Oil producers are facing the biggest drop in demand for their product ever as the coronavirus spreads around the world, forcing OPEC and its allies to consider emergency measures.
Research firm IHS Markit said Wednesday that oil demand will suffer its steepest decline on record in the first quarter — worse even than during the 2008 global financial crisis — as schools and offices close, airlines cancel flights worldwide and a growing number of people hunker down at home.
Most of the reduction in demand can be traced to China, where the coronavirus has caused what IHS Markit describes as an "unprecedented stoppage" of economic activity.
But reduced consumption will be widespread, and IHS Markit expects global demand to drop by 3.8 million barrels per day in the first quarter compared to 2019. Demand in the first three months of 2019 was 99.8 million barrels per day.
"This is a sudden, instant demand shock — and the scale of the decline is unprecedented," said Jim Burkhard, vice president and head of oil markets at IHS Markit.
The warning comes ahead of a critical meeting Thursday for OPEC members and allied producers in Vienna. The cartel, is under pressure to announce yet another round of coordinated production cuts, its preferred method of propping up prices.
Coronavirus fears have already driven oil into a bear market, with Brent crude futures, the global benchmark, trading at $52.65 per barrel, more than 23% below their recent peak in early January. US oil is trading at $48.22, nearly 24% below recent highs.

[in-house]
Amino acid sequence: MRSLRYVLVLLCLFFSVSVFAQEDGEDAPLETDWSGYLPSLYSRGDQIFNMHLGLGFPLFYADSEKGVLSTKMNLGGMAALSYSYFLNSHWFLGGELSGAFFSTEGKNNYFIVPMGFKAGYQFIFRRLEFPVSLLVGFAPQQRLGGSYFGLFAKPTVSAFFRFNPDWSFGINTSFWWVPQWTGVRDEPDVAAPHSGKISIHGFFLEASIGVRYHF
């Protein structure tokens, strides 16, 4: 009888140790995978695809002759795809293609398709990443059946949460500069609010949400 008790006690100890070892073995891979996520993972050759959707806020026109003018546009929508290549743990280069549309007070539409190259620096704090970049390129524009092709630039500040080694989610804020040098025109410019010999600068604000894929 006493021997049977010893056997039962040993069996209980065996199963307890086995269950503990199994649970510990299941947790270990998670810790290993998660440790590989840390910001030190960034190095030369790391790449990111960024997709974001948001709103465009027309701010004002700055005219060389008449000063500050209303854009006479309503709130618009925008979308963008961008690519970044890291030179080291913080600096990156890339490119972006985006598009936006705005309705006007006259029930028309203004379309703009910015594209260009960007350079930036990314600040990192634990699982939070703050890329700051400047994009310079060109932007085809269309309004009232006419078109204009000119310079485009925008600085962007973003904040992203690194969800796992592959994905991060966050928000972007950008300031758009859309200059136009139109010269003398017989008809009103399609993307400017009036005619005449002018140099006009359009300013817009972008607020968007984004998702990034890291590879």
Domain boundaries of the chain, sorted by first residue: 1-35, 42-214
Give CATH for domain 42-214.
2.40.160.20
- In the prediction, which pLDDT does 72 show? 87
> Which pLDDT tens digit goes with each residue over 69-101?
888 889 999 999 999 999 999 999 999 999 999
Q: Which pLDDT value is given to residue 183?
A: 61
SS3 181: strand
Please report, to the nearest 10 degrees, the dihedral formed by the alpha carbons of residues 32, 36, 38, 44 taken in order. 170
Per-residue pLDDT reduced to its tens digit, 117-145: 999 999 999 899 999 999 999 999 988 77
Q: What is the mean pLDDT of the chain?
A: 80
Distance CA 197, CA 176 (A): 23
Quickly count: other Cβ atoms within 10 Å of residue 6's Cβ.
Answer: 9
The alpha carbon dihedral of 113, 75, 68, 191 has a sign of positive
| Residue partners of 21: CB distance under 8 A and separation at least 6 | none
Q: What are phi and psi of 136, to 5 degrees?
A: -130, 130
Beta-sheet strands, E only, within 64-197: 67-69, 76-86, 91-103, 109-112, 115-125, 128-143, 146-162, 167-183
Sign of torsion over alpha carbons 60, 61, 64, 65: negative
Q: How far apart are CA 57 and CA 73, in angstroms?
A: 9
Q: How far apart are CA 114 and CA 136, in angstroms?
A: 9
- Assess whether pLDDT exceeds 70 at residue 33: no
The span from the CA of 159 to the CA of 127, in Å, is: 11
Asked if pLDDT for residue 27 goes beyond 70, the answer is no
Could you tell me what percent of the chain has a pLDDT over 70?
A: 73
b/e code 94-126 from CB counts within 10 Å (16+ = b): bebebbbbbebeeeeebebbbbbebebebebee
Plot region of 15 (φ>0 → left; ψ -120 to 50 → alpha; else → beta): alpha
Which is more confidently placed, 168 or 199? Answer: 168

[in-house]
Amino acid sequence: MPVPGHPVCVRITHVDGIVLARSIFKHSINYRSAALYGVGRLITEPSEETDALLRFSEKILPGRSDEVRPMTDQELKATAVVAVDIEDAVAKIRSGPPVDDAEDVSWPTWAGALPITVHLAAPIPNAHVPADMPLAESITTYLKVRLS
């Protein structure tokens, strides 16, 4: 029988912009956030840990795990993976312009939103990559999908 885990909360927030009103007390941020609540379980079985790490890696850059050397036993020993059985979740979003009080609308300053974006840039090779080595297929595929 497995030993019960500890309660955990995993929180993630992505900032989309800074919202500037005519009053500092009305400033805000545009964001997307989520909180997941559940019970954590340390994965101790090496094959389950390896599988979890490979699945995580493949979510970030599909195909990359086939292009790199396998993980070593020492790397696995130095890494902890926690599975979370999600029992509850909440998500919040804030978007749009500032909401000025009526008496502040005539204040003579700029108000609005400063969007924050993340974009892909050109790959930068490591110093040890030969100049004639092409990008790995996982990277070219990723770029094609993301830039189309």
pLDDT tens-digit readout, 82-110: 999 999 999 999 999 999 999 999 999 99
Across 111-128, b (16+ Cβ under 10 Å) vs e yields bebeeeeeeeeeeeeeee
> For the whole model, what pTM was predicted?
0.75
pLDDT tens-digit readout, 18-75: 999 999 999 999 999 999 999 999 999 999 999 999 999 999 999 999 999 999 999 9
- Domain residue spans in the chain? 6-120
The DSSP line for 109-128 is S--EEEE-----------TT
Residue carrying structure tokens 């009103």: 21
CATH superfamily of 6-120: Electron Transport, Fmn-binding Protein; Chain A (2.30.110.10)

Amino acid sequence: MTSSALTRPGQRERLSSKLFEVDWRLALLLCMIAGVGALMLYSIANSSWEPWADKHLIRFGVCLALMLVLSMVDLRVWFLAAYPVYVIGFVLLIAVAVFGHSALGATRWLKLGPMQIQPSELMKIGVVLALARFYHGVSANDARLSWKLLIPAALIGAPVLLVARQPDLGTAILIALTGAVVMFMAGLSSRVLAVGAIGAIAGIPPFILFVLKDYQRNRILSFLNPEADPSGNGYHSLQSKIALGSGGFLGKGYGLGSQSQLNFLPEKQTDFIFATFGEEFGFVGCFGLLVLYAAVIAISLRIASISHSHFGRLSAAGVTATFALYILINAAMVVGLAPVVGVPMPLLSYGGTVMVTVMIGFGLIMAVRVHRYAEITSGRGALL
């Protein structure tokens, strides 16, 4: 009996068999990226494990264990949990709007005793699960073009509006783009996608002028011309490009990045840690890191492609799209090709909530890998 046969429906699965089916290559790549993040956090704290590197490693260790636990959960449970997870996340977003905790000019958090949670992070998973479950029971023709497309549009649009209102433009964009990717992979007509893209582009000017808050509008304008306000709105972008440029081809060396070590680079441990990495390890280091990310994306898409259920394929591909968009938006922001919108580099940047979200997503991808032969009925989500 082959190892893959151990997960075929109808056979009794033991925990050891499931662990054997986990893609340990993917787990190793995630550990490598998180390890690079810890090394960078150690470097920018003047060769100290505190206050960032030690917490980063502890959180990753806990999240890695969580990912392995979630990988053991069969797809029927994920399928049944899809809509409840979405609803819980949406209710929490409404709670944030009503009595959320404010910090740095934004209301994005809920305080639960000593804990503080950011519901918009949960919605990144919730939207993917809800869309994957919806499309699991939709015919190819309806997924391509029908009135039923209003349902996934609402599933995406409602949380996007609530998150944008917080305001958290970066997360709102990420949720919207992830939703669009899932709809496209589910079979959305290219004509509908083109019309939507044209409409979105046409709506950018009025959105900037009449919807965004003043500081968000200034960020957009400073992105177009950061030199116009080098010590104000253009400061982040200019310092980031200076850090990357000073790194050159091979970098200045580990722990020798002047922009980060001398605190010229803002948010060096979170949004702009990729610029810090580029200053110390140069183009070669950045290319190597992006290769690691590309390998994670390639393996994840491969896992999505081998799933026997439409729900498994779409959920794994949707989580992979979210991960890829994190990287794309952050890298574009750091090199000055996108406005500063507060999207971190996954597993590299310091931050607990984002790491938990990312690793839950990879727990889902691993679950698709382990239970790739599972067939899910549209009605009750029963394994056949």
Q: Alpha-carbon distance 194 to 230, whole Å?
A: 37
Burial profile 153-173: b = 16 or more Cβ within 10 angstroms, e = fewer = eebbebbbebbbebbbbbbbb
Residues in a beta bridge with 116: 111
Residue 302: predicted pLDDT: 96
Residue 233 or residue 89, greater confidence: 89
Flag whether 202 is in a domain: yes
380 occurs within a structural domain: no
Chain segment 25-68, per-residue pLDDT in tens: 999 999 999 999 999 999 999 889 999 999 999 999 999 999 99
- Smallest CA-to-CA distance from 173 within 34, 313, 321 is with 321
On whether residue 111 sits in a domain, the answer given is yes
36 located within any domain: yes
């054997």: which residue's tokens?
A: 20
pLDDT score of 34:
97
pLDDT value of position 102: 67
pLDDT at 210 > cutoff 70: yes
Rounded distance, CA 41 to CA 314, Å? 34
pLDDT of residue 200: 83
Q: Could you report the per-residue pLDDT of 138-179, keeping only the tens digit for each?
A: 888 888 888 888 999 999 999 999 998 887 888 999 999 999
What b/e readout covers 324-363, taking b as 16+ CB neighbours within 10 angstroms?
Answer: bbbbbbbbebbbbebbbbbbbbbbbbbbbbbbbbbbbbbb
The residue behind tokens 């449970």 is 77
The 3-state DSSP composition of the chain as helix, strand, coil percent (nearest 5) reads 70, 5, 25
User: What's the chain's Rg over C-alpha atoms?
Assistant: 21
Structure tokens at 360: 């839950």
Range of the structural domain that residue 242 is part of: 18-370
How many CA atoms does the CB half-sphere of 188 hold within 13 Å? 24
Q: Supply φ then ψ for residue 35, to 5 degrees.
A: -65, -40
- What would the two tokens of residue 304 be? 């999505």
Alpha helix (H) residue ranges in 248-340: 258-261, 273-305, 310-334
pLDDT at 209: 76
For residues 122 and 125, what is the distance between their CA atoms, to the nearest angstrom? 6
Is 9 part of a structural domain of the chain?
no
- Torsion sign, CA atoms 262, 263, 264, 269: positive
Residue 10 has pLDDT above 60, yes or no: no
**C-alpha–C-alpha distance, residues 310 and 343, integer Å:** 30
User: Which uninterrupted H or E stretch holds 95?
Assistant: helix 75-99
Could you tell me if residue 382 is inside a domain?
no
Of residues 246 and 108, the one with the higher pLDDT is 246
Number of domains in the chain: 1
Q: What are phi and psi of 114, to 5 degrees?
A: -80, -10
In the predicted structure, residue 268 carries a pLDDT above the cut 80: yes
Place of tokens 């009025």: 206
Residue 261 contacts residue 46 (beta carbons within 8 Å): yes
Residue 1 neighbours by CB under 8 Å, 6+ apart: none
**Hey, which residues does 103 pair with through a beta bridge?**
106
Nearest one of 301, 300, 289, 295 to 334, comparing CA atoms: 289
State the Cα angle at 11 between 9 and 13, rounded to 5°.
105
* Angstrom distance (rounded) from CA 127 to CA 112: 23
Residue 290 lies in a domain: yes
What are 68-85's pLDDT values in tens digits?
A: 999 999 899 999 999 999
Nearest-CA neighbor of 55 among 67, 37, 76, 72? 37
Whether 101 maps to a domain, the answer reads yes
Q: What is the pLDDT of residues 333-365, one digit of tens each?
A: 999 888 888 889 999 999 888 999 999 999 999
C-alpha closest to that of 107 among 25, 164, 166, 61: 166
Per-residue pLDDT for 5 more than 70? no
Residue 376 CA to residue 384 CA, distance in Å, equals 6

Given the current climate, even concerted action by OPEC may not be enough to stabilize markets.
Goldman Sachs told clients this week that OPEC will need to agree to curb production by at least 1 million barrels per day in order to avoid a "sharp" sell-off.
Reuters is reporting that OPEC could cut output between 600,000 and 1 million barrels per day during the second quarter, while extending existing cuts of 2.1 million barrels per day — announced in December — through the end of 2020.
Saudi Arabia is reportedly still lobbying for support from Russia. Though not a member of OPEC, the country has coordinated production levels with the cartel in recent years.
Global oil prices actually increased this week in anticipation of the deeper cuts to come.
But the situation remains dire. Goldman Sachs said it now believes that oil demand will shrink in 2020. Before the coronavirus outbreak, it expected demand to increase by 1.1 million barrels per day.
IHS Markit likewise forecasts that oil demand will contract in 2020, even if there's a recovery in the second half of the year.
Damien Courvalin, a senior commodity strategist at Goldman Sachs, cautioned that OPEC's cuts would have to be sustained for prices to start moving up. Given the virus' global impact, the bank doesn't expect prices to change course until after April.
"While such cuts will help normalize oil demand and inventories later this year, they can't prevent an already started large oil inventory accumulation," Courvalin said in his research note.